Rowand and Pierzynski’s trip to Cooperstown

Rowand and Pierzynski’s trip to Cooperstown
July 27, 2014, 11:45 am
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Cooperstown, NY  — It’s a road trip that started a week ago in Orlando, Florida. Parked outside the home of A.J. Pierzynski was a 45-foot bus that had one destination in mind.


Pierzynski, his wife Lisa and their two children hopped aboard the Cooperstown Express along with Aaron Rowand and his family. The two former White Sox teammates are best friends and have taken trips together in the past.

But nothing quite like this.

They made stops along the way in Hilton Head, South Carolina, Williamsburg, Virginia and Hershey, Pennsylvania. But the pot at the end of the rainbow was Cooperstown, New York, and being here for the Frank Thomas Hall of Fame weekend.

“I had the privilege of being able to play with him for 5 years,” Rowand said about Thomas. “He made a big impact on my career and the way that I went about my business. He taught me a lot about trying to go to the plate with a game plan and how they’re going to try to get you out. Obviously, he’s one of the best at it and him being in the Hall of Fame shows that he was.”

[MORE COOPERSTOWN: What fellow Hall of Famers say about Frank Thomas]

The Rowands and Pierzynskis rented a house in Cooperstown, right down the street from the Hall of Fame. You’d assume that these two well-known baseball players would attract a ton of attention in this small Mayberry town. Instead, all eyes are focused on their monstrous vehicle parked outside.

“Everyone who seems to drive past our house sees our rig in the driveway that probably shouldn’t be in that driveway and it’s really funny to sit out on the front step there and listen to everybody’s comments about it,” Rowand said.

Pierzynski planned on being here for the whole weekend, but something called “a job” got in the way.

Designated for assignment two weeks ago by the Red Sox, Pierzynski was out of work, which opened the door for his family to join Rowand’s on this cross-country trek. Thursday night, Frank Thomas randomly told Pierzynski he’d be a perfect fit for the Cardinals.

The very next day, Aaron and A.J. were in the middle of a lake on a pontoon boat when Pierzynski got a call from his agent.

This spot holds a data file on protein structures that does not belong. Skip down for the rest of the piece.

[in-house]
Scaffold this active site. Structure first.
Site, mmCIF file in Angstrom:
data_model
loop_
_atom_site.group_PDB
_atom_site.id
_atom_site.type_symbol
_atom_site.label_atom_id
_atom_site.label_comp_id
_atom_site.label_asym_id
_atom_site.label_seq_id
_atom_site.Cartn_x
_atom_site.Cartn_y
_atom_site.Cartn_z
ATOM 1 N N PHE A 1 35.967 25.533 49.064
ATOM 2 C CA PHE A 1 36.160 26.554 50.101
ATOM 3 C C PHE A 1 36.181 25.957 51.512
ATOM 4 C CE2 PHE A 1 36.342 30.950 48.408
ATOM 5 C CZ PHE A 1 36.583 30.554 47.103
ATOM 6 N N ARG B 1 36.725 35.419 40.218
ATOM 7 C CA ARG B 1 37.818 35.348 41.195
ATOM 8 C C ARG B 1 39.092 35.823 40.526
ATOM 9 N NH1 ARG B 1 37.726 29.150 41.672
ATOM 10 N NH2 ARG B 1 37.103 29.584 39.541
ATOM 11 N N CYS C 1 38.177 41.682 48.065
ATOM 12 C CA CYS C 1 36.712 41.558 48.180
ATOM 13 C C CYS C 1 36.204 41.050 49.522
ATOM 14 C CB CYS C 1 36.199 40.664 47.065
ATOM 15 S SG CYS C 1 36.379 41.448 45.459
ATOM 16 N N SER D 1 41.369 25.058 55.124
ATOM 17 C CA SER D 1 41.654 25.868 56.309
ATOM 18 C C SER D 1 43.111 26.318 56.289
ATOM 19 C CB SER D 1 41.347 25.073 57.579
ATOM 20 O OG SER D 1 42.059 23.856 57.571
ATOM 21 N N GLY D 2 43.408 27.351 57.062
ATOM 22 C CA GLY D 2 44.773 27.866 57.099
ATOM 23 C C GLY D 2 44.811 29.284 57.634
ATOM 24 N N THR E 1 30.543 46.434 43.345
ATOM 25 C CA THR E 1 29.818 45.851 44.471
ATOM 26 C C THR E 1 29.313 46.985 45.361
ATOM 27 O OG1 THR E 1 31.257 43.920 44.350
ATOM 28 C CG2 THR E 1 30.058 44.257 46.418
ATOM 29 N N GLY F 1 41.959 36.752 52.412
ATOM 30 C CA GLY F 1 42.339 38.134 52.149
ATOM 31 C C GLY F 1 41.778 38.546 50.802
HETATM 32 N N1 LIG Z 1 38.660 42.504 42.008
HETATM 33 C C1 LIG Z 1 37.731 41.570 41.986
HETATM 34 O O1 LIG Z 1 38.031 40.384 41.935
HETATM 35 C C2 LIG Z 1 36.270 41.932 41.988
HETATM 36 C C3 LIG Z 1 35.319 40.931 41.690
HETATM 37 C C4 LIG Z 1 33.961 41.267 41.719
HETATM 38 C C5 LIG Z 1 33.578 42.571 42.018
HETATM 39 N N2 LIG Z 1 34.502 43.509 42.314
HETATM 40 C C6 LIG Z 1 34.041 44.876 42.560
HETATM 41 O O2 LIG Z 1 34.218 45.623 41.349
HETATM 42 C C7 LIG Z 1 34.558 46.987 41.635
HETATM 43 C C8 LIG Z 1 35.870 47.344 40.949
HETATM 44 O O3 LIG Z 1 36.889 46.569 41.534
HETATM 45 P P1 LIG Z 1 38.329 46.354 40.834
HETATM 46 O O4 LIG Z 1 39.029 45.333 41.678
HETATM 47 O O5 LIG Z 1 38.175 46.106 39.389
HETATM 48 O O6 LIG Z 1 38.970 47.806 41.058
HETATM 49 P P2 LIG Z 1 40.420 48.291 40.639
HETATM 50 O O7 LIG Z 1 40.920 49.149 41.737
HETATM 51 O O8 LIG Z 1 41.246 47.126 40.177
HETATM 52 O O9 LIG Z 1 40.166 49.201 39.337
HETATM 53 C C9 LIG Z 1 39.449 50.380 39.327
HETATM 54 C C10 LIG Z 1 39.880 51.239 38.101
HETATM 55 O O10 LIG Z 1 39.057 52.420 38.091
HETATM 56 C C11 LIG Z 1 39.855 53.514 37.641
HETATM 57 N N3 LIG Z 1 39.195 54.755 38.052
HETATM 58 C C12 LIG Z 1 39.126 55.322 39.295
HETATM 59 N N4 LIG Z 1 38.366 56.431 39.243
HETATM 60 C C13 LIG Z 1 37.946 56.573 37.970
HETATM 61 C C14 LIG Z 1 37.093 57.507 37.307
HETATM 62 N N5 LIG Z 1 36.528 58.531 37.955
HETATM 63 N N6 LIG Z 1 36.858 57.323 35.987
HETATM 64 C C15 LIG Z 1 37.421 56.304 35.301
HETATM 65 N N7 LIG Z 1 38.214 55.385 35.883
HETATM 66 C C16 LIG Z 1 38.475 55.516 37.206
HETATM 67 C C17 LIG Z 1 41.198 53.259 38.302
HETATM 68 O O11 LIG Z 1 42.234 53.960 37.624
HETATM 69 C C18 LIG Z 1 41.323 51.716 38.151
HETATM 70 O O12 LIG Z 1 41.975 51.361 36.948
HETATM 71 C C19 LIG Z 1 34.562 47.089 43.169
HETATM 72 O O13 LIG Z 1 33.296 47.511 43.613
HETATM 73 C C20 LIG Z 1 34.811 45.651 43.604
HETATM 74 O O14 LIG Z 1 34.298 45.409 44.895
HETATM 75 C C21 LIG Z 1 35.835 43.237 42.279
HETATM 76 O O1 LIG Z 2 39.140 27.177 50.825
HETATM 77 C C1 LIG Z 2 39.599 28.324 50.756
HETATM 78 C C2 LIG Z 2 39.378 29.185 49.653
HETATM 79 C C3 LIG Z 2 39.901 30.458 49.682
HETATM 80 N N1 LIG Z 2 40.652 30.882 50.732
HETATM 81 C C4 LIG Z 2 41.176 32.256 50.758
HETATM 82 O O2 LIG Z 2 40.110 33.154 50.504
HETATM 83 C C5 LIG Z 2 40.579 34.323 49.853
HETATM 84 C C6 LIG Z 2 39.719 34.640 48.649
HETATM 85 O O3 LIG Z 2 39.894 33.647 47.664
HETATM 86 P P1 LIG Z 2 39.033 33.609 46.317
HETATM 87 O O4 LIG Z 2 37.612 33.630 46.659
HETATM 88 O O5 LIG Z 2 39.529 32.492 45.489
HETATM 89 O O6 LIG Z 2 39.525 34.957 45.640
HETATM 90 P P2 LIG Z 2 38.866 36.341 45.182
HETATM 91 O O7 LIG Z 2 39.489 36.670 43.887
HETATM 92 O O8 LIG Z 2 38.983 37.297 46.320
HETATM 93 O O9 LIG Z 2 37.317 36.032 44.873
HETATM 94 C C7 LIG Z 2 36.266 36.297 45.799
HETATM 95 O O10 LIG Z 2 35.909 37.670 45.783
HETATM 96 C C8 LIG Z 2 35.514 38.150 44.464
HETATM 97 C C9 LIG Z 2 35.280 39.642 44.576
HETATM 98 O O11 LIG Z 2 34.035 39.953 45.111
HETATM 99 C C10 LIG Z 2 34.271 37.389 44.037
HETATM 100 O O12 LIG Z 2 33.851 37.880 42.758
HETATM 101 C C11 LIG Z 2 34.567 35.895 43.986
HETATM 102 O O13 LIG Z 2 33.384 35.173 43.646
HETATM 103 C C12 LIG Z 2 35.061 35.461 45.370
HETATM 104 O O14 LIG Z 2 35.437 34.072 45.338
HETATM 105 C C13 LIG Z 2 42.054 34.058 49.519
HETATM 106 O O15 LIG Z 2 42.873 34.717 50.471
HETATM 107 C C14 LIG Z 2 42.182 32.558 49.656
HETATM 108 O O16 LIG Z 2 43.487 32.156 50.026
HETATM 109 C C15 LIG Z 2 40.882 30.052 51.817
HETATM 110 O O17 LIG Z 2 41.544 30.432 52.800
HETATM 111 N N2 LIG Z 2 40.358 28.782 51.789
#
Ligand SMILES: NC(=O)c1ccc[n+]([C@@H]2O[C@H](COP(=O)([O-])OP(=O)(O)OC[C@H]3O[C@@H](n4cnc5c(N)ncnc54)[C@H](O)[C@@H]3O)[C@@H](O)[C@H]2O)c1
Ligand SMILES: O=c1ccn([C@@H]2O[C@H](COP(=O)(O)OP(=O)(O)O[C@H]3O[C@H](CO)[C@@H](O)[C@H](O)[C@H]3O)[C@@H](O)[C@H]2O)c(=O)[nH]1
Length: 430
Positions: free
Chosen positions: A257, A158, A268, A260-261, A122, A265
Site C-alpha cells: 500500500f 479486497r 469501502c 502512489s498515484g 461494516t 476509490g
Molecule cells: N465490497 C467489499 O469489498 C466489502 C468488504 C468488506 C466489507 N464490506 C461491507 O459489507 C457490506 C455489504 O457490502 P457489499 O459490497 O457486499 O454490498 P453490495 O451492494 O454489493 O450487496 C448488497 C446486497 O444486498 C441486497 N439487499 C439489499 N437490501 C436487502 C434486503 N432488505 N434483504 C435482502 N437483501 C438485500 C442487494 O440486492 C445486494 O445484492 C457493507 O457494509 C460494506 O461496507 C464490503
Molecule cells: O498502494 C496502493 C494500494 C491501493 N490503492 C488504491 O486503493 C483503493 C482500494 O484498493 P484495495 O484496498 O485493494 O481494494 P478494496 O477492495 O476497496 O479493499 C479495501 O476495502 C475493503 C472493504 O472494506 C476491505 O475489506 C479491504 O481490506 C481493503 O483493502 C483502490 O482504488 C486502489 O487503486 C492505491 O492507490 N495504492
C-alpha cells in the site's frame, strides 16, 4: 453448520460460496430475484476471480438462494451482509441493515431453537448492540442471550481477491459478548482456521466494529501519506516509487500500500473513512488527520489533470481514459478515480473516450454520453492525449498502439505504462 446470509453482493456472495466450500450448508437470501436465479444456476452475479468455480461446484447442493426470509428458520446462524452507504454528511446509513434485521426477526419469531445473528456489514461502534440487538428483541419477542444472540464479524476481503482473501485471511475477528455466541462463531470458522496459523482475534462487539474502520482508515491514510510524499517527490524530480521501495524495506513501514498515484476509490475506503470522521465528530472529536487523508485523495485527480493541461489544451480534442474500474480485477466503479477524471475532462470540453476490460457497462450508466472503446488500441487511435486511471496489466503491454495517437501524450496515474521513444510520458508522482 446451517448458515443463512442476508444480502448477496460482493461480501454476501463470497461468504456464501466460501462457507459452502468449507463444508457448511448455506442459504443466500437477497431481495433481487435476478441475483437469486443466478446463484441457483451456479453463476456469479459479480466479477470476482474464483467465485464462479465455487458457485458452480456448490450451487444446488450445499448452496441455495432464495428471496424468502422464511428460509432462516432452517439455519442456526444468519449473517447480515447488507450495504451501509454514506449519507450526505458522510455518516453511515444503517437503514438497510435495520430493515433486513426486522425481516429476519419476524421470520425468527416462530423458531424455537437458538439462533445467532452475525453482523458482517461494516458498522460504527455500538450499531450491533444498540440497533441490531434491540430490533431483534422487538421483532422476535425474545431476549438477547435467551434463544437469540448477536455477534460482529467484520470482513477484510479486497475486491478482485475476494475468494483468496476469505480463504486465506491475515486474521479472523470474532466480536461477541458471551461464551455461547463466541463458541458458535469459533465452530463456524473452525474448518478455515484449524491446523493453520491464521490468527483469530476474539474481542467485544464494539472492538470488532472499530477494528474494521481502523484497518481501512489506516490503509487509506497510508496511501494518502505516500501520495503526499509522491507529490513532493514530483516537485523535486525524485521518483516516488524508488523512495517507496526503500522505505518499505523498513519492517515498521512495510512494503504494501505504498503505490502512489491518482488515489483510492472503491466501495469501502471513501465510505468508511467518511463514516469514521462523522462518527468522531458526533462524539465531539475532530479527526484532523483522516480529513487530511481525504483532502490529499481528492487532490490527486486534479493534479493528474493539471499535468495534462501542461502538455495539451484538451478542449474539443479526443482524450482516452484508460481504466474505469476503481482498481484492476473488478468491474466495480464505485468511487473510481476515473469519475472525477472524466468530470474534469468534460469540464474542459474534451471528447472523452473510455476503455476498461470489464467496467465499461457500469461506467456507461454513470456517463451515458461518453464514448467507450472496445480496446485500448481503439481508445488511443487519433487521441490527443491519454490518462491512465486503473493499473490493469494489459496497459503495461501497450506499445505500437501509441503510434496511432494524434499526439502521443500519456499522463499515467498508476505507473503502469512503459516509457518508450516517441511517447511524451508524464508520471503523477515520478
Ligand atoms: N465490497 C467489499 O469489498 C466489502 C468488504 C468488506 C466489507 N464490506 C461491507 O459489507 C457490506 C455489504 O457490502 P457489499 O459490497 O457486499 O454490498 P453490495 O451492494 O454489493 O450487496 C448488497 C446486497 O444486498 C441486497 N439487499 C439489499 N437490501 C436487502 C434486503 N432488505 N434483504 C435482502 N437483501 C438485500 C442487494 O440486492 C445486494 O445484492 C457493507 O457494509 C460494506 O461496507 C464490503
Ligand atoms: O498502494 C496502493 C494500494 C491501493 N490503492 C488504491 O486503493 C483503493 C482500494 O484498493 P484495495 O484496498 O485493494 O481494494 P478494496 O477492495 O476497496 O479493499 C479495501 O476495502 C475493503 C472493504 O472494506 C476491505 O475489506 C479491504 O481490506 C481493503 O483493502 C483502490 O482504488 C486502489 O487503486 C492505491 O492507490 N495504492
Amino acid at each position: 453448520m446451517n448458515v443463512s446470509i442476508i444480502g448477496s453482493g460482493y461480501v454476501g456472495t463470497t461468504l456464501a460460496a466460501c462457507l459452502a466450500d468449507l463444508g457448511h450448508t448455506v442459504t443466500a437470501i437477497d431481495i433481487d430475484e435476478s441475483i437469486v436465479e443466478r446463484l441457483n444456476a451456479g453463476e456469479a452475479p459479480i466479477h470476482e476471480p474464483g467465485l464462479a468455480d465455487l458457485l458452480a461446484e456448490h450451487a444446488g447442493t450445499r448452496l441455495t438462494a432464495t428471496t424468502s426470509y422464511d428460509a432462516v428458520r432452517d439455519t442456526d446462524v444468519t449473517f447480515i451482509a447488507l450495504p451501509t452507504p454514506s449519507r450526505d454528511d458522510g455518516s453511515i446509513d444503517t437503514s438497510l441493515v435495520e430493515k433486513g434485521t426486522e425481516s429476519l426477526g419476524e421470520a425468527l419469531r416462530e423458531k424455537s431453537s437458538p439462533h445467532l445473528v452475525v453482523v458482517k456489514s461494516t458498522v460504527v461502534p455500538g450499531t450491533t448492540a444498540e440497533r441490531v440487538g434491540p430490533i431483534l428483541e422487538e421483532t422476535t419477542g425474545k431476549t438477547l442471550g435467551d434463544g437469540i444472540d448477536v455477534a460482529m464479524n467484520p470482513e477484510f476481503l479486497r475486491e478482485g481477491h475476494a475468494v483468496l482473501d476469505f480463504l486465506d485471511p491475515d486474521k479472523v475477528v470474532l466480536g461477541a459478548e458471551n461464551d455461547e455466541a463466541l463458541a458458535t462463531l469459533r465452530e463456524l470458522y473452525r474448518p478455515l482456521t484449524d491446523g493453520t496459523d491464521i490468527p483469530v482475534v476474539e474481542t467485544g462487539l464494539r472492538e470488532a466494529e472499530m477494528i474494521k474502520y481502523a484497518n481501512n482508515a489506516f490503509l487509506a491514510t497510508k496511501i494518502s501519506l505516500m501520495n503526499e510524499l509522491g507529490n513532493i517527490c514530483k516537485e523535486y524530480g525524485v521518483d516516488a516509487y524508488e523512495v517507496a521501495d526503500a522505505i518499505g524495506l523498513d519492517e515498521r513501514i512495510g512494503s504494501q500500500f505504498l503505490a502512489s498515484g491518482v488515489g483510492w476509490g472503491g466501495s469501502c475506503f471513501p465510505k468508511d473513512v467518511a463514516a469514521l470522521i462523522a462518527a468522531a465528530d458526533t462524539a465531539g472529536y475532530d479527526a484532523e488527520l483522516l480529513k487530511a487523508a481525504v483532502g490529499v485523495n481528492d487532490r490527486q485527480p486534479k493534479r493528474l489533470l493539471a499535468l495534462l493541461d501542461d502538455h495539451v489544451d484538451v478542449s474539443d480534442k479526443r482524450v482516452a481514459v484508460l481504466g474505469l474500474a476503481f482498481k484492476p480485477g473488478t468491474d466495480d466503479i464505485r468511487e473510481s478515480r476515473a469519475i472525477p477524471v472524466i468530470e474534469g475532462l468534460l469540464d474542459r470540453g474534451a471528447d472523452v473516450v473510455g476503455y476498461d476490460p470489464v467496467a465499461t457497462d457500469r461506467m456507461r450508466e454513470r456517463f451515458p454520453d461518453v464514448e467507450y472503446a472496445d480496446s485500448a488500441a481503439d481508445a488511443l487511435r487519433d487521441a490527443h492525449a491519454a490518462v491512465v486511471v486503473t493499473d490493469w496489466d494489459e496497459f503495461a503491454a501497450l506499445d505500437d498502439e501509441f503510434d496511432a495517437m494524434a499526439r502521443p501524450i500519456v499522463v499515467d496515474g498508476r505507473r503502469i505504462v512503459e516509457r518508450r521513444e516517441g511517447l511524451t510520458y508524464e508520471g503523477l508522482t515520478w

The Cardinals wanted him.

“I had to bring him back to shore so he could get his stuff and go to Chicago,” Rowand said. The Cardinals were playing the Cubs at Wrigley. Pierzynski was in the lineup the very next day.

“Man, we manifested that over night, didn’t we?” Thomas joked afterwards.

Pierzynski might be gone (his family is still here), but Rowand still has some a former 2005 teammate to keep him company. There’s also Jermaine Dye, the World Series MVP. Dye’s jersey from the clinching Game 4 is hanging in the Hall of Fame. Dye actually didn’t know about it until Thomas spotted it during a private tour in March.

“He texted me and said, ‘You’re in the Hall!” Dye said. “I was in awe.”

[MORE COOPERSTOWN: Frank Thomas' Hall of Fame speech years in the making]

Something of Rowand’s is in the Hall of Fame, too. I thought it might be the X-rays of the famous broken nose he suffered slamming into the wall when he played for the Phillies. But nope.

“The mic I wore in the World Series. I was the first player mic’d in a World Series ever,” Rowand said. “So at least I have something in there.”

Dye has been wearing his World Series ring this weekend. Considering the journey Rowand took to get here, there’s no way that was going to happen.

“I’m deathly afraid of losing it,” he said. “Coming on a 2 week road trip in an RV, I was a little nervous about wearing it. It’s in my safe in my house. I wear it out when I go out to dinner with my wife, special occasions, stuff like that, and then it goes back in the safe.”

Rowand and Dye both had great baseball careers. So has Pierzynski. But their accomplishments pale in comparison to the likes of Thomas, Maddux, Glavine and the scores of past Hall of Famers who have made the trip here to witness the greatest class since the very first in 1936 get inducted in the game’s cherished shrine.

“J.D. and I are rubbing shoulders with the greatest players who have ever played the game,” Rowand said. “It puts us in an awe-inspiring place, even as major league baseball players. One play is great, but to be able to do it for 18, 19 years, however many years Frank played is something truly special and something well deserved.”

Considering Thomas has been dreaming about making it here since he was a boy, he’s finally made it home.

Rowand heads back to his tomorrrow.